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Performance contracts provide education institutions a path to energy savings that minimizes financial risks.
As the economy forces education institutions to squeeze their budgets, administrators have to be alert to money-saving possibilities. One fertile source for savings that many schools have mined is the energy budget. Campuses with aging, inefficient equipment can save hundreds of thousands or even millions of dollars over many years by upgrading their lighting fixtures, heating and cooling systems, energy management controls and power generators.
Finance officials at schools can crunch the numbers and make a persuasive case that their institutions will save money in the long run by taking advantage of the improved efficiencies the latest equipment offers. But many schools don't have the millions needed upfront to carry out a comprehensive overhaul of energy systems on campus.
One solution? Performance contracting. It allows education institutions to get at potential energy savings by having someone else — an energy service company — front the money for improvements as part of a long-term contract. The school pays the company an annual fee, and the company guarantees that the savings generated through the energy upgrades will meet or exceed the fee.
The National Association of Energy Service Companies estimates that companies are investing $1 billion to $1.2 billion a year on energy performance contracts. Much of that occurs on educational campuses. Schools, as well as other public facilities, are obvious candidates for performance contracts. Schools typically have large facilities, many of which have aged past their prime, and not much money they can spare for long-term investments.
Although many institutions have been using performance contracts for years to upgrade their energy systems, many more campuses could benefit. In recent years, most states have enacted legislation that allows schools and universities to use performance contracting, says Michael Arny, executive director of the Energy Services Coalition, a group based in Madison, Wis., that works to increase energy efficiency through use of performance contracts.
“There are lots of opportunities for performance contracting out there,” says Arny.
Since the economy has faltered in the last couple of years, performance contracting has generated more attention from education institutions.
“Any time tax revenues go down, there is an uptick in interest in performance contracting,” says Arny.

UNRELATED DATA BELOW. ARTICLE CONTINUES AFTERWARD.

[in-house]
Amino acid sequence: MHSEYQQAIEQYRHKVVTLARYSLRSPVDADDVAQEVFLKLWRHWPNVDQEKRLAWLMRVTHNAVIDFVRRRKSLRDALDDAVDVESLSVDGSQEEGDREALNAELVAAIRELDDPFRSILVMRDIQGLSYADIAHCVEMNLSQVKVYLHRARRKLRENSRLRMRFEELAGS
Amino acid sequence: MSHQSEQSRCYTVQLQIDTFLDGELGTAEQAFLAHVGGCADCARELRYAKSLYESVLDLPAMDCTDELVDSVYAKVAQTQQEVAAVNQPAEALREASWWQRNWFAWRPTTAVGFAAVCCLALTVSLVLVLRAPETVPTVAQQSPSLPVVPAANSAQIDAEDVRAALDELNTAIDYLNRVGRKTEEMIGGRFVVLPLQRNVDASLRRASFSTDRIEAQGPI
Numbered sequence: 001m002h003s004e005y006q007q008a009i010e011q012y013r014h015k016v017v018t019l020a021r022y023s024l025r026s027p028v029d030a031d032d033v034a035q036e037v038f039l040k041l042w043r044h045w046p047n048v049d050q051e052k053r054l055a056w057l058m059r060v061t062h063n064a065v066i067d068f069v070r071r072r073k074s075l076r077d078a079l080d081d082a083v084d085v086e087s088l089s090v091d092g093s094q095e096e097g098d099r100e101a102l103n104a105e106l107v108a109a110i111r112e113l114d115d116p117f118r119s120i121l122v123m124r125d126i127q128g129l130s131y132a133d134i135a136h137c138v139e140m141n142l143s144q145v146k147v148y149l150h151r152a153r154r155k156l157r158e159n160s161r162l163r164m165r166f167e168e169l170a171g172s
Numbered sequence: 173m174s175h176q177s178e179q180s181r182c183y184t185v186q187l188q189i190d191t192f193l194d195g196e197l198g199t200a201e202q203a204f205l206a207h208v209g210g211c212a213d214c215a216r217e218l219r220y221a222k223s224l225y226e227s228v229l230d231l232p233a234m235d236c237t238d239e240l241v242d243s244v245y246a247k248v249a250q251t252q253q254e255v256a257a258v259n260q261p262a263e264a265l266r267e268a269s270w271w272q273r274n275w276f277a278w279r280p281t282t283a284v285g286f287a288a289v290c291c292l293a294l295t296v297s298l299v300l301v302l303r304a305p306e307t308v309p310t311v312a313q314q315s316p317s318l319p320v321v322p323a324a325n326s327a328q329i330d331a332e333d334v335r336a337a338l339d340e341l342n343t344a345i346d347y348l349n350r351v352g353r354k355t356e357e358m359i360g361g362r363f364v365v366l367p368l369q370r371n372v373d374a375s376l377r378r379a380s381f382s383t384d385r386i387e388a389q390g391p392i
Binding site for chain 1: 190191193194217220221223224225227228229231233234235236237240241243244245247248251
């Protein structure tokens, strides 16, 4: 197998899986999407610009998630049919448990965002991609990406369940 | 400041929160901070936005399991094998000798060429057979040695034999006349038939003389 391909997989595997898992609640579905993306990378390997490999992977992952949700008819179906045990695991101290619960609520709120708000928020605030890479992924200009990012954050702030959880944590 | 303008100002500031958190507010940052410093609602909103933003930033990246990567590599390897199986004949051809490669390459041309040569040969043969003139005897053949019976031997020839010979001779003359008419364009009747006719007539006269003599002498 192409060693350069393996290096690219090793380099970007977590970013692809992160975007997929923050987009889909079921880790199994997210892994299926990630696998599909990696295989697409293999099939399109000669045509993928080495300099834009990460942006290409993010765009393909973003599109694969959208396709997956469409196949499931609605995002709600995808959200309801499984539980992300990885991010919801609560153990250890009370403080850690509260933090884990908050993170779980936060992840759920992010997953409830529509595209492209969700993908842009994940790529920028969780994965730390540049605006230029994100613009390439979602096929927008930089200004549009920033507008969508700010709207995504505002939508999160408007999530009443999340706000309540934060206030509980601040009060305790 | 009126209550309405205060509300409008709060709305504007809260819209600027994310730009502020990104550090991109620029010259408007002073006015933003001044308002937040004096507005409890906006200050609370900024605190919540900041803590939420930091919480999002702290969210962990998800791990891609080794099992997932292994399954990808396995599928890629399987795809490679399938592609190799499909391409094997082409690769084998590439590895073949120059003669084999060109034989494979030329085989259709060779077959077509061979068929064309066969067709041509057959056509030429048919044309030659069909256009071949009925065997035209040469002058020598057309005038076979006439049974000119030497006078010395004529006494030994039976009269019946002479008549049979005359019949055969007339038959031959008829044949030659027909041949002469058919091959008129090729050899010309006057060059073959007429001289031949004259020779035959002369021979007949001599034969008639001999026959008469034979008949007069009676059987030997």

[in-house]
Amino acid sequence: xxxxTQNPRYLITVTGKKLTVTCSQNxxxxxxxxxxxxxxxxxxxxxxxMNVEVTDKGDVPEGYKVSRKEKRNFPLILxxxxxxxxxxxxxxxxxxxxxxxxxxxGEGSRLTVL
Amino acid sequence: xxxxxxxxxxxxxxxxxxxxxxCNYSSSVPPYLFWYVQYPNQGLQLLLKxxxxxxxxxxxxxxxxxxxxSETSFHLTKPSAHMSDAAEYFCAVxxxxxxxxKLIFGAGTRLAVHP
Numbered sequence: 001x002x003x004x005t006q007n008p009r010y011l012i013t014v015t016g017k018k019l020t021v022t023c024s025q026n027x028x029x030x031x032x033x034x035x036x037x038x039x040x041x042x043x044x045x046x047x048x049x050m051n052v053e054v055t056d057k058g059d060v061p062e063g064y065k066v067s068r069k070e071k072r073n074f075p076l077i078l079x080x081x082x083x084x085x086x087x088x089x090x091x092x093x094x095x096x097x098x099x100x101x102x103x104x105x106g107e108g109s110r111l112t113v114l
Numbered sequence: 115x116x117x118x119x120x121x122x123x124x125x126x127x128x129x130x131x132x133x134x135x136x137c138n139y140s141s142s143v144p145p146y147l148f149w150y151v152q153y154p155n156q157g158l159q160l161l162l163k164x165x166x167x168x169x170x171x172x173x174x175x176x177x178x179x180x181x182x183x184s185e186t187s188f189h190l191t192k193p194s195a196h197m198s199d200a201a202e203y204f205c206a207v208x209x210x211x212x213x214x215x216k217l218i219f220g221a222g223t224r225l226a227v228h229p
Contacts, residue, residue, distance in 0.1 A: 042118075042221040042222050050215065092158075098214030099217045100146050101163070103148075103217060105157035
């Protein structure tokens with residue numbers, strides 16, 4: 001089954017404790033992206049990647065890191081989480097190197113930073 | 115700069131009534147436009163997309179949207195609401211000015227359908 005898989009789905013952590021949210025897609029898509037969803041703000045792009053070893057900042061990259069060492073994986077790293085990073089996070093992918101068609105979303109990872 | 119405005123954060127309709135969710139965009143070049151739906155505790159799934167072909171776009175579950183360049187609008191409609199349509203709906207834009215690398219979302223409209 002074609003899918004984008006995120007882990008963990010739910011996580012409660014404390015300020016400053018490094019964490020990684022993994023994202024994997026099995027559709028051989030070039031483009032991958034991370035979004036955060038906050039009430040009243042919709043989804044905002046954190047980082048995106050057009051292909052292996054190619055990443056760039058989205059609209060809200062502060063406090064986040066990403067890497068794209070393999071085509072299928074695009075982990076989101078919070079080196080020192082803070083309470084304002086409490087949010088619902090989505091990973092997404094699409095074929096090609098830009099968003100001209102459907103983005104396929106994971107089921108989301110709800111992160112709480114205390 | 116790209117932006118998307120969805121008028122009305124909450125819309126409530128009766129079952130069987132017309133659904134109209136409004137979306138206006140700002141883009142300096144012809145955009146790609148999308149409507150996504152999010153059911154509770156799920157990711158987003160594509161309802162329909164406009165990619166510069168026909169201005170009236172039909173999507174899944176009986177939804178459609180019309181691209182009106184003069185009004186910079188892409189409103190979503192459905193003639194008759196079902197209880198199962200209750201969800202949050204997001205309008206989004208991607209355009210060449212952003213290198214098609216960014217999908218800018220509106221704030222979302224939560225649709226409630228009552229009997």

Many schools may not get into performance contracts because officials aren't familiar enough with how they work or they are stretched too thin even to pursue a contract. But Arny argues that maintaining the status quo is not truly a cost-free option.
“Waiting has a cost,” says Arny. “Every day a school waits means they have missed out on savings that can be used to upgrade their buildings.”
The University of Hawaii at Hilo and Hawaii Community College, which are on the same campus, ended the waiting several years ago and pursued an energy performance contract, the first energy-performance contract for state facilities in Hawaii. Some 50 buildings were retrofitted. The campus upgraded its lighting system, replaced its main chiller with a high-efficiency model, replaced its cooling tower, installed a building automation system to control air-conditioning, expanded its chilled-water loop to include more buildings, and replaced the chiller at the College of Agriculture Building.
In all, the energy service company provided $2.9 million in upfront improvements. Over the 10-year life of the contract, the schools expect to save $6.6 million in energy costs, as well as $200,000 a year in maintenance costs.
The University of Science and Arts of Oklahoma, Chickasa, Okla., decided earlier this year to enter into a performance contract to upgrade its facilities. It is the first college in Oklahoma to use performance contracting. The energy service company selected by the university promises to deliver energy savings of $298,000 a year — a one-third reduction in energy consumption, according to school officials.
The company will replace the university's chilled water plant and install a new boiler, energy efficient lighting, a campuswide energy management system, and water conservation retrofits. Air handling units will be replaced or converted.